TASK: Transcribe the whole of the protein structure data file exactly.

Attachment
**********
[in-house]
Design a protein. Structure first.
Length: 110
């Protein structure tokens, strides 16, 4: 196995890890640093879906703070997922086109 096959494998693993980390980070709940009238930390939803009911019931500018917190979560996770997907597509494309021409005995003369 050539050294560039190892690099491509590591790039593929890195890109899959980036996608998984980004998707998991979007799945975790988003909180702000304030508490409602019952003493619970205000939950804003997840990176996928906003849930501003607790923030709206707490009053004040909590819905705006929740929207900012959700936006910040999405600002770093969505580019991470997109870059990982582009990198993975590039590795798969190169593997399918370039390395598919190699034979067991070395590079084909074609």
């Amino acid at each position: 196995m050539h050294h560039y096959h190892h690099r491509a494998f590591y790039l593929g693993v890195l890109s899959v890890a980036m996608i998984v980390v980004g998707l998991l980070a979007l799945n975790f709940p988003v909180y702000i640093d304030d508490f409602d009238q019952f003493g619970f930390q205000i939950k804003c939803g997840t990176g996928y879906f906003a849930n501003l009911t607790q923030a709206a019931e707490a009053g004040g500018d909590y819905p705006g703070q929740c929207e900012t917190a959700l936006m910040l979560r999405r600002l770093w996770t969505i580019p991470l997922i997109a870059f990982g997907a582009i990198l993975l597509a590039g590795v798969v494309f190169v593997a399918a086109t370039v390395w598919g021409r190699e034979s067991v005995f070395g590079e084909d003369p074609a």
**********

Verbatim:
[in-house]
Design a protein. Structure first.
Length: 110
């Protein structure tokens, strides 16, 4: 196995890890640093879906703070997922086109 096959494998693993980390980070709940009238930390939803009911019931500018917190979560996770997907597509494309021409005995003369 050539050294560039190892690099491509590591790039593929890195890109899959980036996608998984980004998707998991979007799945975790988003909180702000304030508490409602019952003493619970205000939950804003997840990176996928906003849930501003607790923030709206707490009053004040909590819905705006929740929207900012959700936006910040999405600002770093969505580019991470997109870059990982582009990198993975590039590795798969190169593997399918370039390395598919190699034979067991070395590079084909074609």
């Amino acid at each position: 196995m050539h050294h560039y096959h190892h690099r491509a494998f590591y790039l593929g693993v890195l890109s899959v890890a980036m996608i998984v980390v980004g998707l998991l980070a979007l799945n975790f709940p988003v909180y702000i640093d304030d508490f409602d009238q019952f003493g619970f930390q205000i939950k804003c939803g997840t990176g996928y879906f906003a849930n501003l009911t607790q923030a709206a019931e707490a009053g004040g500018d909590y819905p705006g703070q929740c929207e900012t917190a959700l936006m910040l979560r999405r600002l770093w996770t969505i580019p991470l997922i997109a870059f990982g997907a582009i990198l993975l597509a590039g590795v798969v494309f190169v593997a399918a086109t370039v390395w598919g021409r190699e034979s067991v005995f070395g590079e084909d003369p074609a």